It was ‘The Pursuit of Beauty’ that directed my path to the steps of Heinz Hall on my quest to discover that emotion in the form of music, though nobody ever knew exactly how many forms of beauty really exist, nor how many I was in pursuit thereof. I took a few friends for they also desired to hear the best the form has ever offered, by the Pittsburgh Symphony Orchestra. In the garden outside I met fellow blogger Jennifer Pizzuto and her friend, and we discussed the upcoming concert.
In deconstructing Claude Debussy’s “Prelude to the Afternoon of a Faun,” I’m going directly against my covenant with Jennifer. She indicated that it would be interesting to describe the emotions felt while listening to and experiencing this beautiful piece of abstract music. Yet I can’t help myself. Certainly she’s right that the emotions are what grab most patrons who enjoy hearing the compositions by Debussy, especially when played so very well by the Pittsburgh Symphony Orchestra conducted by Manfred Honeck. Yet even when I try to focus on these so-called emotions, I always fall back into my usual mode of listening, trying to pick out individual aspects of the whole, and trying to see how the pieces of this complex puzzle fit together in such an intriguing fashion. At the concert hall this is possible; with prerecorded music, or radio, it is not. In the upper sections of Heinz Hall, I’m able to view each part of the orchestra as the music plays and match their part to the pinpointed sounds made by their instrument.
And what did I discover? I realized that too much introspection can somehow take away from the overall magic of the piece as a whole. Deconstructing Claude was a fun exercise in discerning different aspects of the music, sort of like reverse engineering a piece of software or technical innovation, but in the process I’ve lost my view of the overall composition, the beauty of the piece was somehow diminished. I do, however, still have a great appreciation for the complexities of the composition.
What emotions was I feeling… I really didn’t explore that question, beyond the mere wonderment at the ability of Debussy to construct a visionary entity out of all these individual components, in complex creative ways that I don’t suppose I would have ever thought of myself.
The next piece was Lili Boulanger: Psalm 130 with Stephanie Lauricella, mezzo-soprano, Juan José de León, tenor and the Mendelssohn Choir of Pittsburgh. There was so much this composition had to offer. The singing lent a wonderful aspect to the music as a whole. Yet what I liked most was the orchestration.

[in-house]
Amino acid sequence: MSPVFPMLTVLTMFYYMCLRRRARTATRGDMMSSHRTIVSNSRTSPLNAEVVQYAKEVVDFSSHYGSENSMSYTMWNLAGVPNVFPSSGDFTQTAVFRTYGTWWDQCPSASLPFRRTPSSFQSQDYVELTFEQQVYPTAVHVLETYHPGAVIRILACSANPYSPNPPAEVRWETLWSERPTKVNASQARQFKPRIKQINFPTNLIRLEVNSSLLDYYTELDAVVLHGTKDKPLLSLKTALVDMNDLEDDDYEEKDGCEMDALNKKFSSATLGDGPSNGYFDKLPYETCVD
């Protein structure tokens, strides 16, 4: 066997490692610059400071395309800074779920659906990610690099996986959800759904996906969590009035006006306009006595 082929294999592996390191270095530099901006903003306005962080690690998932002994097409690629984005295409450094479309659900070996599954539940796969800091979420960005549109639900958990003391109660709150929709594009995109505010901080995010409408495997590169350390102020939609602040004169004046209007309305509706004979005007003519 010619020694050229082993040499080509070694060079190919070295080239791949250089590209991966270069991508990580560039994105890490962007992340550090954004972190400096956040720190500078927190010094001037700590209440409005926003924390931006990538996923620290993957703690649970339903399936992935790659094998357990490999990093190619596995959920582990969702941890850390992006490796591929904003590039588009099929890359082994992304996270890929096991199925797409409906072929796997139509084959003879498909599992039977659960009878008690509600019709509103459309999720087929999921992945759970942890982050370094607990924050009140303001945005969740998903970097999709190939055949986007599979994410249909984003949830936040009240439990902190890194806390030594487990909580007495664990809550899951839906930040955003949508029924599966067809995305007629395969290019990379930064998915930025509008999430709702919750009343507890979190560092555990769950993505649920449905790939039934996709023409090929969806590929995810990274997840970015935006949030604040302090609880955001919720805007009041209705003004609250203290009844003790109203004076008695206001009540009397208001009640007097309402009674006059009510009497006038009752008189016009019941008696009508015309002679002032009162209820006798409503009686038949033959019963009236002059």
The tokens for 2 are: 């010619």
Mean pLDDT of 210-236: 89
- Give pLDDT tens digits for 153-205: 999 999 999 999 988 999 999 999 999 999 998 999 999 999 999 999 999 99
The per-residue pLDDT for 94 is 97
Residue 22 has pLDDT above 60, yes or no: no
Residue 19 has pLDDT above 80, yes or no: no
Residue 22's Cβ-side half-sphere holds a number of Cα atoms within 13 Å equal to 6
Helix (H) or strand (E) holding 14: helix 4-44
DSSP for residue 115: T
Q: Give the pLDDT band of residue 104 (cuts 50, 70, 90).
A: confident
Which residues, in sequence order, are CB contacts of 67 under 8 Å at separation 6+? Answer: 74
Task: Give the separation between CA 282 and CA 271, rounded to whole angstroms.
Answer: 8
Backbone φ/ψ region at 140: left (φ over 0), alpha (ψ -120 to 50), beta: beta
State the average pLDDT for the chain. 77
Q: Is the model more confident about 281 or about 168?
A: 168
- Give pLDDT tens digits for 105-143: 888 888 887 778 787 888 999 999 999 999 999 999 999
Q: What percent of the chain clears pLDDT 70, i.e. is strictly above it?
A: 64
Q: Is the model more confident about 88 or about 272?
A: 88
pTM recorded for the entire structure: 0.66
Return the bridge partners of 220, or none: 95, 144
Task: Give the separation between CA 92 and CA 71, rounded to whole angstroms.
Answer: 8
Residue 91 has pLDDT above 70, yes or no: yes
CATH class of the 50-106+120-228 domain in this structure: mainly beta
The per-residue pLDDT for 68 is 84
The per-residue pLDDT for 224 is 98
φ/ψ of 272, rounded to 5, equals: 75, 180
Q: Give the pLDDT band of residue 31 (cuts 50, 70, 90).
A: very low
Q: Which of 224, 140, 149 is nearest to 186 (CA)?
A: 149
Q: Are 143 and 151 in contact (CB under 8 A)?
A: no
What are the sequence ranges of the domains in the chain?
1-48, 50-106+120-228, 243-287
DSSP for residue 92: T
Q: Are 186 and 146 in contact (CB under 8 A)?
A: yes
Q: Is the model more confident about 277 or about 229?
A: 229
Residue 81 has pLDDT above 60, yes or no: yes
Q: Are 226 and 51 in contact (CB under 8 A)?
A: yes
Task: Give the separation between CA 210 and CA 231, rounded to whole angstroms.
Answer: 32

After intermission Lise de la Salle played the piano solo with the PSO for the concerto by Ravel. Her premier this evening was truly a treat. This concerto began with music that to me sounded like Gershwin. Who knows, perhaps it’s just coincidence. The technique used by Lise de la Salle on the piano was fascinating to watch. The way she would attack the keyboard was enthusiastic, and after a phrase she would move her head in a way that suggested a sort of implied Vibrato. First hearing this piece this evening, it became to me an instant hit, something I’d like to hear again.
Ravel traveled to the U.S. in 1928. In a way it must have been his desire to compose the piano concerto in order to play in the U.S; from the program notes: “With a view toward having a vehicle for himself as a pianist on the return visit (to the US), he started work on a concerto in 1929.” With that in mind, perhaps it is fitting we are hearing Ravel’s concerto in Pittsburgh, performed by Lise de la Salle, piano.
Last but not least was everyone’s favorite Bolero, with fantastic lighting effects which highly enhanced the experience. All the lights were dimmed, and a spotlight shone on Manfred Honeck. The audience laughed when he turned with a wry grin. Then as the drummer commenced, and each individual instrument played, the spotlight would highlight their solo as part of the composition. This progressed and then large sheer curtains lowered behind the players, with lights illuminating with interesting patterns.
After the concert Manfred Honeck and Lise de la Salle were introduced by Jim Cunningham for the Wqed night at the orchestra. I was able to meet Manfred Honeck and discuss the variety in the different compositions this evening. For instance, the Lili Boulanger: “Psalm 130” to me had a very somber tone, and reminded me of Mozart’s Requium, to which Mr. Honeck indicated that it will be returning next season. He seemed glad to hear that we were happy with the program, including favorites along with music that is not often heard, a nice mix of classical music.